Research Article

Response by women aged 65-79 to invitation for screening for breast cancer by mammography: a pilot study.

BMJ 1990; 301 doi: (Published 08 December 1990) Cite this as: BMJ 1990;301:1314
  1. P Hobbs,
  2. C Kay,
  3. E H Friedman,
  4. A S St Leger,
  5. C Lambert,
  6. C R Boggis,
  7. T M Howard,
  8. A W Owen,
  9. D L Asbury
  1. Regional Oncology Support Service, North West Regional Health Authority, Manchester.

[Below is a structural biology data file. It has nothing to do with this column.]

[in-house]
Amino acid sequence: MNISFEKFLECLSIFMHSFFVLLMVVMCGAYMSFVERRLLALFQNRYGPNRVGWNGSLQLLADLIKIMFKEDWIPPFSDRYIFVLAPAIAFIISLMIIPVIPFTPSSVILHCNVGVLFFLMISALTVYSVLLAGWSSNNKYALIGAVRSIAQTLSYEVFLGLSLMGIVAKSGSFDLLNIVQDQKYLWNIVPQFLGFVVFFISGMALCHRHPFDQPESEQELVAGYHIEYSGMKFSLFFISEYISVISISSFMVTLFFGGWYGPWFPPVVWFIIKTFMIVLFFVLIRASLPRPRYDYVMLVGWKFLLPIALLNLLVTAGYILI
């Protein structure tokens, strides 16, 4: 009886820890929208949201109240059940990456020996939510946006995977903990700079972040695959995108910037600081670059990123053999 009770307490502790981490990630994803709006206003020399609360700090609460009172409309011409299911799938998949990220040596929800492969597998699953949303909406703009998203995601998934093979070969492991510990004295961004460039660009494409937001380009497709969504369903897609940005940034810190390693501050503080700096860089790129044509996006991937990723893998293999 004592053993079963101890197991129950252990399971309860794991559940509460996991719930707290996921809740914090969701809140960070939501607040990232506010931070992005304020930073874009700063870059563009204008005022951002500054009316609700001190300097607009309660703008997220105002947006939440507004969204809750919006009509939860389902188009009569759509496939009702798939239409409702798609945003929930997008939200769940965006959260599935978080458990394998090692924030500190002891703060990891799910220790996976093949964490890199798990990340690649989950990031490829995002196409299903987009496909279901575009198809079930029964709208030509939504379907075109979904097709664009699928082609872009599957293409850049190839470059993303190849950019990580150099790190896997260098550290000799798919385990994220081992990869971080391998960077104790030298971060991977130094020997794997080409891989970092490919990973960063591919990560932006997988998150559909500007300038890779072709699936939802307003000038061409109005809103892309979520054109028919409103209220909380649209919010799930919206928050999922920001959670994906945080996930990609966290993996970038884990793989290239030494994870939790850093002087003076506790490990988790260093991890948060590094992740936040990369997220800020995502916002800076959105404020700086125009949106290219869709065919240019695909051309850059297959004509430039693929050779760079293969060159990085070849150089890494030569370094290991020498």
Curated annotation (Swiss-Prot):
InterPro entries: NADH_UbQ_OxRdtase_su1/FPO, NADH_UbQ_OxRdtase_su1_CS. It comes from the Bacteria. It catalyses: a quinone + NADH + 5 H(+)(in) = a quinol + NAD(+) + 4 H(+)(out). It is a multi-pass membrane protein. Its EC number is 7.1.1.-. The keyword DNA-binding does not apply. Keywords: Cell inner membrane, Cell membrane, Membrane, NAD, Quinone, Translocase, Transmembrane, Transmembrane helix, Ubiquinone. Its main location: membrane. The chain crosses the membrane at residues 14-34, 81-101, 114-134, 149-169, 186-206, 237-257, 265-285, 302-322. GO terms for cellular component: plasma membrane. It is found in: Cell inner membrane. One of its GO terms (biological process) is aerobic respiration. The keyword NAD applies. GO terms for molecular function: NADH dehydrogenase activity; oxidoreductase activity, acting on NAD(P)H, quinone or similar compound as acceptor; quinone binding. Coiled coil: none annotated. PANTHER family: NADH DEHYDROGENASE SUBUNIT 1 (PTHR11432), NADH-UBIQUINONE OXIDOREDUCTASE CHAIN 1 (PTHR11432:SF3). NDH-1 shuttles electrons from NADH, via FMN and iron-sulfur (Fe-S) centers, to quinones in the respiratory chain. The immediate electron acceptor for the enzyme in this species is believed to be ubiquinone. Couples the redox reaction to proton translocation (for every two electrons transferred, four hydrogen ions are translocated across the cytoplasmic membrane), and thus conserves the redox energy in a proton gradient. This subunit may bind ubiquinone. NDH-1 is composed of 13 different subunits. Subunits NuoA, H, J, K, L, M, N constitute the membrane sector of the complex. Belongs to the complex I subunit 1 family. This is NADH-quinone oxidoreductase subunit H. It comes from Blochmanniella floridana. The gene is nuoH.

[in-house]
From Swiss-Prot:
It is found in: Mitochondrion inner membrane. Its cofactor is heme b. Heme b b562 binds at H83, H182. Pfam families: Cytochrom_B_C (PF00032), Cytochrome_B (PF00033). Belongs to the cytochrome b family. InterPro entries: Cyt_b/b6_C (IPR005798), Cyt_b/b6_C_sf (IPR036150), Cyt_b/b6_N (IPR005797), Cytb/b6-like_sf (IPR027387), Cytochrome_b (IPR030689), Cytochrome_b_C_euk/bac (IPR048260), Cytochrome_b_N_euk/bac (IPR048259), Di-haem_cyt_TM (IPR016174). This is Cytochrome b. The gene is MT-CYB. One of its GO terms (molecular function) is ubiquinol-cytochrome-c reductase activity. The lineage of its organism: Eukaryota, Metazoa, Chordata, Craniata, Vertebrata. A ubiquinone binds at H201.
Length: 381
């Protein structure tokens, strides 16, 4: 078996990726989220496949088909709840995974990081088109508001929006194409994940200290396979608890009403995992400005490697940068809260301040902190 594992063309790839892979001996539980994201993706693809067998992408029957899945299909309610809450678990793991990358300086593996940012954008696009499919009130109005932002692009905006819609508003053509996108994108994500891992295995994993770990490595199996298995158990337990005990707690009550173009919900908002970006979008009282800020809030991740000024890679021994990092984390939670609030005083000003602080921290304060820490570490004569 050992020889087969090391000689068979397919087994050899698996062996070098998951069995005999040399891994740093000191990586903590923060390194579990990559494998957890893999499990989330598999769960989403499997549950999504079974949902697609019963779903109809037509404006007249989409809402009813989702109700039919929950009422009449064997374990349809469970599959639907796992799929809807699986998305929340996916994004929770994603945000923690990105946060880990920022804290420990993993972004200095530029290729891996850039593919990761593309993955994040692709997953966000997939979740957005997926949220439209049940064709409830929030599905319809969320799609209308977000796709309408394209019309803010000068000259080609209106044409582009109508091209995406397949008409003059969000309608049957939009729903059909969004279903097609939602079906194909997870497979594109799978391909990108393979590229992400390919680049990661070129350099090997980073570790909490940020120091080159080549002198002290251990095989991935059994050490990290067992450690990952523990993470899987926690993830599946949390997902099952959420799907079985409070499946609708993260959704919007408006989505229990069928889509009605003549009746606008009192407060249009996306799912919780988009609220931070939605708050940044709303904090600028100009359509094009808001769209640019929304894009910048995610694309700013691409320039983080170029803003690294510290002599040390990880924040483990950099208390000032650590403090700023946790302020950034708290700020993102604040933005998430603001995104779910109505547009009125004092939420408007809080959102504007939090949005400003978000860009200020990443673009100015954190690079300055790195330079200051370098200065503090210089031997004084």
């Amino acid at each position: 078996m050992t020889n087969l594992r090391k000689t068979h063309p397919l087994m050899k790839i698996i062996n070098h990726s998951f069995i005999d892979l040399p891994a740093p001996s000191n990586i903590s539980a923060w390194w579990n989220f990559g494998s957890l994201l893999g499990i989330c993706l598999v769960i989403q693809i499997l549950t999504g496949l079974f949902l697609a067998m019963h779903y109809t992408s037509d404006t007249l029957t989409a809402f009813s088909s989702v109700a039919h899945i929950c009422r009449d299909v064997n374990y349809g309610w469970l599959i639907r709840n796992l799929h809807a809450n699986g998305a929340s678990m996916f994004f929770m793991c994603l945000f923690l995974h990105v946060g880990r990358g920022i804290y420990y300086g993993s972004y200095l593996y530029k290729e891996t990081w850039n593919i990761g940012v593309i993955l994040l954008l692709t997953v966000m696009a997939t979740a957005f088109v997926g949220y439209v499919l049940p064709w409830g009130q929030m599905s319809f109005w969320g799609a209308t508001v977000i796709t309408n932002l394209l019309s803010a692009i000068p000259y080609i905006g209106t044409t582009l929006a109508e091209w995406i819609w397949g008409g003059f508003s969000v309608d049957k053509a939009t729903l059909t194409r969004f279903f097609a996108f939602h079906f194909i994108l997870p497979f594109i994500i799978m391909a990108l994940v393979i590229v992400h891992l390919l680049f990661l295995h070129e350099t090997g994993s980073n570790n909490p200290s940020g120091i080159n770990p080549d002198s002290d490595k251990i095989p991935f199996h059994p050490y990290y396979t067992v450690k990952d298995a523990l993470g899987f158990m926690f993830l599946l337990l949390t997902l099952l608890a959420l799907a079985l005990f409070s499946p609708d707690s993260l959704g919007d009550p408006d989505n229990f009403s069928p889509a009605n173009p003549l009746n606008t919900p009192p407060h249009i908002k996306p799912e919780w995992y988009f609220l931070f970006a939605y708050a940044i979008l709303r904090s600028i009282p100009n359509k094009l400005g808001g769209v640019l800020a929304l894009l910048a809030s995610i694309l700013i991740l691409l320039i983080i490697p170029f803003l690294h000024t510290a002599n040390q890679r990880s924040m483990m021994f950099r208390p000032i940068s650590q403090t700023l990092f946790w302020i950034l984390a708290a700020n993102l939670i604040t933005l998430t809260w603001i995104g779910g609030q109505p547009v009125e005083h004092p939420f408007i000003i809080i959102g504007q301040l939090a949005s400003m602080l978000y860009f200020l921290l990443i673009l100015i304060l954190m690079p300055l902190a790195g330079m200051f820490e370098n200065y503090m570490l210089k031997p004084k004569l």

OBJECTIVE--To determine whether there is sufficient benefit to be gained by offering screening for breast cancer with mammography to women aged 65-79, who are not normally invited for screening. DESIGN--Pilot study of women eligible for screening but not for personal invitation. The results of this study were compared with the results of routinely screened younger women (aged 50-64) from the same general practice. SETTING--One group general practice in south Manchester. PATIENTS--The 631 women aged 65-79 on the practice list. A total of 42 (7%) were excluded by the general practitioner, and 22 (4%) invitation letters were returned by the post office. MAIN OUTCOME MEASURES--Response rates to invitation for screening assessed by three indices: crude population coverage ratio, crude invited population coverage ratio, and corrected invited population coverage ratio. RESULTS--344 Patients aged 65-79 (61% of those invited, excluding those who could not be traced) were screened compared with 77% of women aged 50-64. The three response indices were higher for younger women than older: crude population coverage ratio = 66.5%, crude invited population coverage ratio = 69.3%, corrected invited population coverage ratio = 76.8% for women aged 50-64, compared with 54.5%, 58.4%, and 60.7% respectively for women aged 65-79. All four biopsies done in the older women gave positive results, giving a cancer detection rate of 11.6/1000 compared with 4.1/1000 among younger women. CONCLUSIONS--These results show that there is a potential for high attendance at routine screening by older women if they are invited in the same way as younger women. If these results are found elsewhere the costs and benefits of screening older women should be reassessed.